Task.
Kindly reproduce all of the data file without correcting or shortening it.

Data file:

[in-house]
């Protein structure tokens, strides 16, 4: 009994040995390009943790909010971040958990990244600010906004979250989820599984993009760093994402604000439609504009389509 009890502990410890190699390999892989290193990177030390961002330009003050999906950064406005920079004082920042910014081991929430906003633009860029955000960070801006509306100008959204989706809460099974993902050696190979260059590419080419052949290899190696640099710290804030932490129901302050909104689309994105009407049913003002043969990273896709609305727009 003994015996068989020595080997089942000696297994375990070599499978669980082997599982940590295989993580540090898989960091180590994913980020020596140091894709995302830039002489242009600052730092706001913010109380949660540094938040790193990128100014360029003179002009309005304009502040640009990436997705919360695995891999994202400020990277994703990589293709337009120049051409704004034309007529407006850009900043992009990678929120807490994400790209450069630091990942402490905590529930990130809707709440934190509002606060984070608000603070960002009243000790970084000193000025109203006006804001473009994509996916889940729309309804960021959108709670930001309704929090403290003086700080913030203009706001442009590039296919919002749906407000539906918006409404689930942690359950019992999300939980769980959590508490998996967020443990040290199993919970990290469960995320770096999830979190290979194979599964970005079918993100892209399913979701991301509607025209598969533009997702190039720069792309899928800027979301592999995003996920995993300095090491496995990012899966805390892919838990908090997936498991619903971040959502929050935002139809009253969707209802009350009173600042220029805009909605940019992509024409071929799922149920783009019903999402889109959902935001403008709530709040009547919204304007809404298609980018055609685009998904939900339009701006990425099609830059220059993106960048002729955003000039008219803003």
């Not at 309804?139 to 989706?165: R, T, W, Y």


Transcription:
[in-house]
């Protein structure tokens, strides 16, 4: 009994040995390009943790909010971040958990990244600010906004979250989820599984993009760093994402604000439609504009389509 009890502990410890190699390999892989290193990177030390961002330009003050999906950064406005920079004082920042910014081991929430906003633009860029955000960070801006509306100008959204989706809460099974993902050696190979260059590419080419052949290899190696640099710290804030932490129901302050909104689309994105009407049913003002043969990273896709609305727009 003994015996068989020595080997089942000696297994375990070599499978669980082997599982940590295989993580540090898989960091180590994913980020020596140091894709995302830039002489242009600052730092706001913010109380949660540094938040790193990128100014360029003179002009309005304009502040640009990436997705919360695995891999994202400020990277994703990589293709337009120049051409704004034309007529407006850009900043992009990678929120807490994400790209450069630091990942402490905590529930990130809707709440934190509002606060984070608000603070960002009243000790970084000193000025109203006006804001473009994509996916889940729309309804960021959108709670930001309704929090403290003086700080913030203009706001442009590039296919919002749906407000539906918006409404689930942690359950019992999300939980769980959590508490998996967020443990040290199993919970990290469960995320770096999830979190290979194979599964970005079918993100892209399913979701991301509607025209598969533009997702190039720069792309899928800027979301592999995003996920995993300095090491496995990012899966805390892919838990908090997936498991619903971040959502929050935002139809009253969707209802009350009173600042220029805009909605940019992509024409071929799922149920783009019903999402889109959902935001403008709530709040009547919204304007809404298609980018055609685009998904939900339009701006990425099609830059220059993106960048002729955003000039008219803003």
């Not at 309804?139 to 989706?165: R, T, W, Y």